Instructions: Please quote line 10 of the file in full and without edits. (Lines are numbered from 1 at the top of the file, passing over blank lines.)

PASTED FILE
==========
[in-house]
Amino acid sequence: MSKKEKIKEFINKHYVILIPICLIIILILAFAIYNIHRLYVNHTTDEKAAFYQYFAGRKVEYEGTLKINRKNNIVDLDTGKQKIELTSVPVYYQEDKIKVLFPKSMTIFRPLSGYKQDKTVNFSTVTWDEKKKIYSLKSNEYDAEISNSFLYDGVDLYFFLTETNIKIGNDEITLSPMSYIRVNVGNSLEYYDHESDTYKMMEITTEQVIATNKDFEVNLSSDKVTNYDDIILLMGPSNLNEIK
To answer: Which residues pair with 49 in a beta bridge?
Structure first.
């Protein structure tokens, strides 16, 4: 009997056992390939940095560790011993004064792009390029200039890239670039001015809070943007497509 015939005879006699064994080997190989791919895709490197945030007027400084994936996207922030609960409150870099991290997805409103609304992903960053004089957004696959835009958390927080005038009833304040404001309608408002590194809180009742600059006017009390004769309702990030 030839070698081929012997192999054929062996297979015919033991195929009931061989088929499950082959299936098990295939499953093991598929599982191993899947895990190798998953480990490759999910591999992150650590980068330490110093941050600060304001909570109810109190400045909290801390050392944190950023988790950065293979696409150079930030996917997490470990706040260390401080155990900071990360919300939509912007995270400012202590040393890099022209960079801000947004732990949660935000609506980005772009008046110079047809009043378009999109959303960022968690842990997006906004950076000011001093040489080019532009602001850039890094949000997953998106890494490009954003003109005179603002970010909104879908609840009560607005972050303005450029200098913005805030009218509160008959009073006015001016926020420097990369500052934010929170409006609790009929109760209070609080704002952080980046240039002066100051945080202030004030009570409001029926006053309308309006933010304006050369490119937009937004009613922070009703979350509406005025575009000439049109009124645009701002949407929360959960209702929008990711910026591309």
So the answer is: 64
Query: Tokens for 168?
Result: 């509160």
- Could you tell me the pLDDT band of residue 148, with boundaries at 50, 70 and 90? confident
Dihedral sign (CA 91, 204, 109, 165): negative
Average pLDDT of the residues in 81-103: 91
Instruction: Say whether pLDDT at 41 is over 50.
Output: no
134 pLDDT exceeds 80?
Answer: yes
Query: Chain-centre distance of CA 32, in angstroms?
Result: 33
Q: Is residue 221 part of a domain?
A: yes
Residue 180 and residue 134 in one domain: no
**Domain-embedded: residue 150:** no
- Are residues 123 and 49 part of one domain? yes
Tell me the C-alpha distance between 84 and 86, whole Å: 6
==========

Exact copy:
Dihedral sign (CA 91, 204, 109, 165): negative